Whales & Acoustics
The reason why these pods of stranded themselves is unknown. It’s not like they’re going to tell us anything while their dying in the sand. But that doesn’t mean that we cannot surmise causes. It also doesn’t mean we can’t seek to remedy the reason whales get to close and get trapped.
To ensure in the future we can help them stay in the water. I thought of a simple idea, with the help of my toaster. My toaster is an overachiever. The dial goes from ‘1’ to ‘Carbon’. Scorched is somewhere around the middle. It’s right around ‘scorched’ that is smokes but doesn’t set off the fire alarm until it’s reached ideal incineration temperatures.
I had sort of an epiphany when I was airing out my entire apartment. We haven’t done anything to deter marine mammals from beaching themselves. We’ve been tracking whales and marine mammals for years through passive acoustics. We even have gotten high tech about it.
We use acoustics to listen for them. Whales and other mammals speak at certain frequencies, just like we do. Using passive acoustics, we listen for their speech at their frequency ranges.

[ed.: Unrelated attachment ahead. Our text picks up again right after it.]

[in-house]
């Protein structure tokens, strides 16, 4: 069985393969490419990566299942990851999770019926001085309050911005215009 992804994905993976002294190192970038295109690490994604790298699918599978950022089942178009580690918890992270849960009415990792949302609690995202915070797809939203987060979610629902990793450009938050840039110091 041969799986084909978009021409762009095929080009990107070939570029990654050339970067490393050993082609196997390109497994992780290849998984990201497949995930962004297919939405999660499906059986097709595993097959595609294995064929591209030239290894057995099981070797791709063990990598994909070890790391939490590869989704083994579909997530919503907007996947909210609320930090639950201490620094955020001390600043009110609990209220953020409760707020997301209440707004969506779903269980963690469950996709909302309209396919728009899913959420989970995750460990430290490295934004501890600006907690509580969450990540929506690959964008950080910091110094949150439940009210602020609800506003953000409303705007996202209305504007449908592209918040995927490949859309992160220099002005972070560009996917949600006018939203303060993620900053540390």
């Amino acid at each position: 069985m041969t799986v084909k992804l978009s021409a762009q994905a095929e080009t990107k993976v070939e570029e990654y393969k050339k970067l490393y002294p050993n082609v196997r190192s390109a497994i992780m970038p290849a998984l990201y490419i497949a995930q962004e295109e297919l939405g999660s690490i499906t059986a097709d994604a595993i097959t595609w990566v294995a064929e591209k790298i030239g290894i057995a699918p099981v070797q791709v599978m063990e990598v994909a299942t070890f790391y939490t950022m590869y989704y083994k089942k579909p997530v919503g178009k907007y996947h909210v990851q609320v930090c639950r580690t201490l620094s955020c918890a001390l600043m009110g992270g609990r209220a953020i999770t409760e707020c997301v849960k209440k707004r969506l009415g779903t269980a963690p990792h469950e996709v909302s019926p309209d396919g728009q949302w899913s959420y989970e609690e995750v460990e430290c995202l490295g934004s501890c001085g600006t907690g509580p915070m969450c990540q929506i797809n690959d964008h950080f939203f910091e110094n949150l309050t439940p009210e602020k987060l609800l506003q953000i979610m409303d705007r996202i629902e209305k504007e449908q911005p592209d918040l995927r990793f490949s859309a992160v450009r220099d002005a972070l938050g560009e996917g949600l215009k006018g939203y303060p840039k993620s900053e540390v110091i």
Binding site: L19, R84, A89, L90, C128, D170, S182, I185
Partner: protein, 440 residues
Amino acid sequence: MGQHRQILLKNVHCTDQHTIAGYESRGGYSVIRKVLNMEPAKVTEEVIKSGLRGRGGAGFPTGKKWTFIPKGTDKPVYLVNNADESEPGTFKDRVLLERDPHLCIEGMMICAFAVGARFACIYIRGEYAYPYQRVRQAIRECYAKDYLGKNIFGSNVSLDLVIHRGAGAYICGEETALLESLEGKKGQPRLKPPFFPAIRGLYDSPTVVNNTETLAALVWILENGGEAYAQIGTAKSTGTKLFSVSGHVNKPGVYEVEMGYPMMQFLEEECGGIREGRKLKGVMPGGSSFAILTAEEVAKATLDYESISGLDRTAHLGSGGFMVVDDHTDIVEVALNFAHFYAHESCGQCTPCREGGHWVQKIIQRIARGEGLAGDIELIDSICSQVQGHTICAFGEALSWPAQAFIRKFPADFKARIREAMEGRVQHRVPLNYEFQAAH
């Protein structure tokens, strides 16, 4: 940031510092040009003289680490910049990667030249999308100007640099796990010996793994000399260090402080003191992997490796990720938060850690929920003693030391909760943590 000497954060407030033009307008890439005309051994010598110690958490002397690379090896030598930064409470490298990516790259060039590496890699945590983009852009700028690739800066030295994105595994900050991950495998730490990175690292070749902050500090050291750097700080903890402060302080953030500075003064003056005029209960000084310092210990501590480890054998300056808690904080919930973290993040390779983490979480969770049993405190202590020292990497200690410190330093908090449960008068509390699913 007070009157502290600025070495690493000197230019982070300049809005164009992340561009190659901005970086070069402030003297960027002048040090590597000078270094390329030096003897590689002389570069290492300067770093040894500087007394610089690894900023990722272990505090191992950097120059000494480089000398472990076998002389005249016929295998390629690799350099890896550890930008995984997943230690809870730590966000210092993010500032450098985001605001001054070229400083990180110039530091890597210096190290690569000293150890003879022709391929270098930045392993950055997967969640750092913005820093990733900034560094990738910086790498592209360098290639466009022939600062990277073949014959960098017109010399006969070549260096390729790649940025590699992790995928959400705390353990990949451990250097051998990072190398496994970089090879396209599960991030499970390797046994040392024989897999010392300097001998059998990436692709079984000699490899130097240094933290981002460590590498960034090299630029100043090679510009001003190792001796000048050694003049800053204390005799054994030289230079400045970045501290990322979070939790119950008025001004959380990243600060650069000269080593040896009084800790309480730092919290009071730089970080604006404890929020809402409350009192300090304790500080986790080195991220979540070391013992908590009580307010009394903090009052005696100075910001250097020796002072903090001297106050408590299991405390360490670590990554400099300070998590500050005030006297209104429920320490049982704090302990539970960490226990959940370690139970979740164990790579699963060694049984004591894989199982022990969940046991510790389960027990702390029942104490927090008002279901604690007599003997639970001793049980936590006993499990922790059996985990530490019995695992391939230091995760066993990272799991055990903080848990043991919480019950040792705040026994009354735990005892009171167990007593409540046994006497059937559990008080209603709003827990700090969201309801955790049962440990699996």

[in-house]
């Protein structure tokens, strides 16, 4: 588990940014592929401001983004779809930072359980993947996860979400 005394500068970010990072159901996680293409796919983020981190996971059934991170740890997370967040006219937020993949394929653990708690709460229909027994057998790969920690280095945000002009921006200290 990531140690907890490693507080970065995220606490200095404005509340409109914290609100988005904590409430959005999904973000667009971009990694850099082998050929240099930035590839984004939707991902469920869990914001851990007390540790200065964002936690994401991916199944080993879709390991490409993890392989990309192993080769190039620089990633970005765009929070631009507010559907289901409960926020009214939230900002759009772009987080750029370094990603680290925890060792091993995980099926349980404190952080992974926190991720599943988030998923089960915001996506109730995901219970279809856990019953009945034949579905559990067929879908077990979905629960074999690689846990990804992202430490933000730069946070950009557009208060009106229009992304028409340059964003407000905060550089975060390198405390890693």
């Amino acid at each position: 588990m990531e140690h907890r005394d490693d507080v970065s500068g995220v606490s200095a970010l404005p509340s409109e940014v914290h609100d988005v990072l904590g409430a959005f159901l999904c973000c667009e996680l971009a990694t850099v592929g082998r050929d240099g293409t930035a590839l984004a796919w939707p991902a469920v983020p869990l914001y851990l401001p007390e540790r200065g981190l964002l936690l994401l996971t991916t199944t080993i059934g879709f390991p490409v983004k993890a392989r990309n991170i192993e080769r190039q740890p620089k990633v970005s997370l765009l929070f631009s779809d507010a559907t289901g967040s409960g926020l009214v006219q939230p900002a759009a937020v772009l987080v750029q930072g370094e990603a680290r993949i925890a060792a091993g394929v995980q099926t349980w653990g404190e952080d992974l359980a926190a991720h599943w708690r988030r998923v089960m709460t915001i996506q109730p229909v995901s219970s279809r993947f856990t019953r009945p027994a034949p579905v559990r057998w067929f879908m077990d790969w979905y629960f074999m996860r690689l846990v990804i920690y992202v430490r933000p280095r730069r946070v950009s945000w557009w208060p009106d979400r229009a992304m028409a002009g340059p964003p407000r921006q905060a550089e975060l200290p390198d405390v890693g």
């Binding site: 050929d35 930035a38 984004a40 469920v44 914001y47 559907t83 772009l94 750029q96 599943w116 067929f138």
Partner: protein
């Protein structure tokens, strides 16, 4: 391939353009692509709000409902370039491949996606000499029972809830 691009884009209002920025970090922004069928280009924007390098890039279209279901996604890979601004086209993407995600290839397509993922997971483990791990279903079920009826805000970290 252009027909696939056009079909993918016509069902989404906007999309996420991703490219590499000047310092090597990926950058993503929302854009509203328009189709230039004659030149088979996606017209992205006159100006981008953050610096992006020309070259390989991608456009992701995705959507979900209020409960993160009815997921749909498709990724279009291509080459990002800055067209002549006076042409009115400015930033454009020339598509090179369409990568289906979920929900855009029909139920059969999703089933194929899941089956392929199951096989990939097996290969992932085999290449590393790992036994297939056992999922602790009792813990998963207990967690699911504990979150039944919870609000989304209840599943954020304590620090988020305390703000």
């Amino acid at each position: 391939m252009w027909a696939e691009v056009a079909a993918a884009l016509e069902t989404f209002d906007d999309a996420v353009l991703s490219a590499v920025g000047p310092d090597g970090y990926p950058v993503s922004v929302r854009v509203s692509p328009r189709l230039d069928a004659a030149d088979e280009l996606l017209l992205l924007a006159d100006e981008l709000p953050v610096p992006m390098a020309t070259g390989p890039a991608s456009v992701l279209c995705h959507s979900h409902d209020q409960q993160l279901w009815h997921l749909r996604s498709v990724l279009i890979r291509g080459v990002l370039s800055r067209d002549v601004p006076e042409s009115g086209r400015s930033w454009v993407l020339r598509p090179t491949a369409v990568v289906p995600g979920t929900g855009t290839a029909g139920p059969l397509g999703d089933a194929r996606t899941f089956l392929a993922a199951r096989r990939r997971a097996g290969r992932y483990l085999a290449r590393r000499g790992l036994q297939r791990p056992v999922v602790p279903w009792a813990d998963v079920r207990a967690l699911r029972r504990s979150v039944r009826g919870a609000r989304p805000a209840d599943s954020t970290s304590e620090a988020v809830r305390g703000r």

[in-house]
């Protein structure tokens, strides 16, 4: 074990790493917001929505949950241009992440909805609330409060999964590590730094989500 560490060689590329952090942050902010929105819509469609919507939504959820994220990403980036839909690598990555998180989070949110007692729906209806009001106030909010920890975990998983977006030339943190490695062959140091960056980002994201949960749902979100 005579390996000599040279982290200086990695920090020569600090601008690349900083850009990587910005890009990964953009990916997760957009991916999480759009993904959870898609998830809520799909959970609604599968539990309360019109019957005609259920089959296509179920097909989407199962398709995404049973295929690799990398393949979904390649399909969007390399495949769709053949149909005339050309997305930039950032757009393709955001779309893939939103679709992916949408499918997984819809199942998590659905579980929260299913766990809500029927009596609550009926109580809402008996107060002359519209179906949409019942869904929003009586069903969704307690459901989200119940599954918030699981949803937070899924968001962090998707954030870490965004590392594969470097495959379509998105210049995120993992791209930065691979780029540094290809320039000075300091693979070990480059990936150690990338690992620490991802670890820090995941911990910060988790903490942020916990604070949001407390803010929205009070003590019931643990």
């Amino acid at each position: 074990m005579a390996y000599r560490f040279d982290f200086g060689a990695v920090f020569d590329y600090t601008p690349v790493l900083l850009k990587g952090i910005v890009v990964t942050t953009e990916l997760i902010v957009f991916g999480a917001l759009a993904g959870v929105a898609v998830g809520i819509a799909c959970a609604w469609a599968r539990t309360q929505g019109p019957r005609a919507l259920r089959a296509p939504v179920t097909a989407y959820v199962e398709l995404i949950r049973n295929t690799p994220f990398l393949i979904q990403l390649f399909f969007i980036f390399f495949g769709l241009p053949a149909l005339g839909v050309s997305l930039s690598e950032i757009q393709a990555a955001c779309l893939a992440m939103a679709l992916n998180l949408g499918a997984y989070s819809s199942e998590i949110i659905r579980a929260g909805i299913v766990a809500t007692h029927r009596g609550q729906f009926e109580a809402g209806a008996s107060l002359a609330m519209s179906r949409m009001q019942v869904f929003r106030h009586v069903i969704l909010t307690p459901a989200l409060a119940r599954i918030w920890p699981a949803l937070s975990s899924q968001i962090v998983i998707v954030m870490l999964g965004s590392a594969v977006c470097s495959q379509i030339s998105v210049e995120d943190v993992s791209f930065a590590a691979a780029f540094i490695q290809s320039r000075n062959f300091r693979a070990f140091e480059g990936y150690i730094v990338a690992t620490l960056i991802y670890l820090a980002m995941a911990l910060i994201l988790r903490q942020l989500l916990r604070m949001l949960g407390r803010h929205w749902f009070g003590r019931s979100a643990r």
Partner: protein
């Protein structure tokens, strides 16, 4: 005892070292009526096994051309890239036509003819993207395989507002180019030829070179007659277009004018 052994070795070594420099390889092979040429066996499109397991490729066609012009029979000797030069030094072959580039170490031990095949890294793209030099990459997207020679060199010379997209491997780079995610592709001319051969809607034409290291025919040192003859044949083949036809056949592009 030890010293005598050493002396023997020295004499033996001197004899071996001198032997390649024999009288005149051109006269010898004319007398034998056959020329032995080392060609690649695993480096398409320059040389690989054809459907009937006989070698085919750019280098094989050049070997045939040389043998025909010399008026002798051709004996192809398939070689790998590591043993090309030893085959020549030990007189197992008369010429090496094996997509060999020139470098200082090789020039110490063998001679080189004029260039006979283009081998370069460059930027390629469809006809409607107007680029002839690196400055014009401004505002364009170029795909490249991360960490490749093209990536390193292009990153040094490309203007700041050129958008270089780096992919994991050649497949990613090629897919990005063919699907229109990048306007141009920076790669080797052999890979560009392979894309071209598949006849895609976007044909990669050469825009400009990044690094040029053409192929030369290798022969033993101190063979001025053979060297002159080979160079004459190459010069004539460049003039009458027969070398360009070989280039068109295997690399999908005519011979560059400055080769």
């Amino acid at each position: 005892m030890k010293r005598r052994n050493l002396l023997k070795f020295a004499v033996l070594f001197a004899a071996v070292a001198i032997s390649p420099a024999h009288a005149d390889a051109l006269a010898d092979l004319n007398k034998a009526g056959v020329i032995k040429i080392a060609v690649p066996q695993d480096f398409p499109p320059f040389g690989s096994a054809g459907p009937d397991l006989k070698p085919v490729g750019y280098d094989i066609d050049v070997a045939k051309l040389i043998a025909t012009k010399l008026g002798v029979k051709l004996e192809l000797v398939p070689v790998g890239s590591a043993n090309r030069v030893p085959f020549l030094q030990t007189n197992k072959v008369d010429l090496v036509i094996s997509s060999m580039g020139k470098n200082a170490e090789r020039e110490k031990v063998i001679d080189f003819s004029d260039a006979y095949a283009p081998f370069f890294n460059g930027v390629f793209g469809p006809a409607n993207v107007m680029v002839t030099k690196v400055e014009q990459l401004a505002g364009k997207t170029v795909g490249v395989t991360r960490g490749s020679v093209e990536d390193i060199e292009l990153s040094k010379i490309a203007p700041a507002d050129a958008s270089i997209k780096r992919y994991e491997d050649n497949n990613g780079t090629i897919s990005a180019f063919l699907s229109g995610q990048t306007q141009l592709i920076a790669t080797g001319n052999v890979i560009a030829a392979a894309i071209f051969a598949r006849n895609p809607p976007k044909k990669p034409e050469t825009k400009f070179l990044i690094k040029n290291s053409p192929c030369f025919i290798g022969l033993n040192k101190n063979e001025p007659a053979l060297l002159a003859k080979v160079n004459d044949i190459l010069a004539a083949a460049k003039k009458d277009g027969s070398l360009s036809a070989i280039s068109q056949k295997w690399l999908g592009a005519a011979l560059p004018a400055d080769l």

Pretty neat, right?
Well, using this, we can go from tracking them, to deterring them. Bear with me, but if I clap loud, I’ll scare Motley into a giant puffball and run. She’ll also do the same when the toast is reduced to elemental form triggering the alarm.
And that’s where I had my Eureka moment.
Using acoustic to track animals also means we can use acoustics to deter them. How or why they approach the beach isn’t important if we’re looking for a method to keep them off the sand. Especially along beaches that have historic stranding events. Using acoustics underwater isn’t some farfetched idea. My fire alarm is testament to that. It’s time we look to using acoustics to warn animals away from danger.